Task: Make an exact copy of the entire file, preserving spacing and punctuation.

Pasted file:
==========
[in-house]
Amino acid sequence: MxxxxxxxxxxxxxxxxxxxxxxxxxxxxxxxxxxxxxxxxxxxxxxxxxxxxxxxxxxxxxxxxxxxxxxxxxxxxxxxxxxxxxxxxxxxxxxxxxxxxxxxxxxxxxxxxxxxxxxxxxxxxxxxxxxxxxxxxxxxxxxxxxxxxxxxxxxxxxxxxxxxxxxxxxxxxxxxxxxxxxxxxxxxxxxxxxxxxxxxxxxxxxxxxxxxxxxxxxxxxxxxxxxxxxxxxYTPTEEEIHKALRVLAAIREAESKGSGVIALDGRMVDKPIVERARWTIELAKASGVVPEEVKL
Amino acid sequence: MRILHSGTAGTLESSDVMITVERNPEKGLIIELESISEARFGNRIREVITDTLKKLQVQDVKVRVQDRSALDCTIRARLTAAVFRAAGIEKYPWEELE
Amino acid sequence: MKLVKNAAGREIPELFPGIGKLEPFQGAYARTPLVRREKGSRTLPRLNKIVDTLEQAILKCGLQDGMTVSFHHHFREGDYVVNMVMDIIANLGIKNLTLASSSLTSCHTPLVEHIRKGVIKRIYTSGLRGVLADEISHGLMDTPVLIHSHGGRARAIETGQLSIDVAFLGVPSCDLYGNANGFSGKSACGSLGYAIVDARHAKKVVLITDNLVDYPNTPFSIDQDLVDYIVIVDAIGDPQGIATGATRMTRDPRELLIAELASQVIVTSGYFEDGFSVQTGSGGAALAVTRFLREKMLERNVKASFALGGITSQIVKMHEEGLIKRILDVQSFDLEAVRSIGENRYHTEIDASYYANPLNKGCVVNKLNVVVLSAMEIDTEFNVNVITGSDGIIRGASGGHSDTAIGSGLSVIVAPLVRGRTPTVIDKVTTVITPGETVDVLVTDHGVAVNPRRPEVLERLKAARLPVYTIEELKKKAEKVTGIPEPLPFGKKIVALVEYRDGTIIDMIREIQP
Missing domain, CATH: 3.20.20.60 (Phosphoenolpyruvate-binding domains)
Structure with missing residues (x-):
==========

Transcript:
[in-house]
Amino acid sequence: MxxxxxxxxxxxxxxxxxxxxxxxxxxxxxxxxxxxxxxxxxxxxxxxxxxxxxxxxxxxxxxxxxxxxxxxxxxxxxxxxxxxxxxxxxxxxxxxxxxxxxxxxxxxxxxxxxxxxxxxxxxxxxxxxxxxxxxxxxxxxxxxxxxxxxxxxxxxxxxxxxxxxxxxxxxxxxxxxxxxxxxxxxxxxxxxxxxxxxxxxxxxxxxxxxxxxxxxxxxxxxxxxxxxxxxxxYTPTEEEIHKALRVLAAIREAESKGSGVIALDGRMVDKPIVERARWTIELAKASGVVPEEVKL
Amino acid sequence: MRILHSGTAGTLESSDVMITVERNPEKGLIIELESISEARFGNRIREVITDTLKKLQVQDVKVRVQDRSALDCTIRARLTAAVFRAAGIEKYPWEELE
Amino acid sequence: MKLVKNAAGREIPELFPGIGKLEPFQGAYARTPLVRREKGSRTLPRLNKIVDTLEQAILKCGLQDGMTVSFHHHFREGDYVVNMVMDIIANLGIKNLTLASSSLTSCHTPLVEHIRKGVIKRIYTSGLRGVLADEISHGLMDTPVLIHSHGGRARAIETGQLSIDVAFLGVPSCDLYGNANGFSGKSACGSLGYAIVDARHAKKVVLITDNLVDYPNTPFSIDQDLVDYIVIVDAIGDPQGIATGATRMTRDPRELLIAELASQVIVTSGYFEDGFSVQTGSGGAALAVTRFLREKMLERNVKASFALGGITSQIVKMHEEGLIKRILDVQSFDLEAVRSIGENRYHTEIDASYYANPLNKGCVVNKLNVVVLSAMEIDTEFNVNVITGSDGIIRGASGGHSDTAIGSGLSVIVAPLVRGRTPTVIDKVTTVITPGETVDVLVTDHGVAVNPRRPEVLERLKAARLPVYTIEELKKKAEKVTGIPEPLPFGKKIVALVEYRDGTIIDMIREIQP
Missing domain, CATH: 3.20.20.60 (Phosphoenolpyruvate-binding domains)
Structure with missing residues (x-):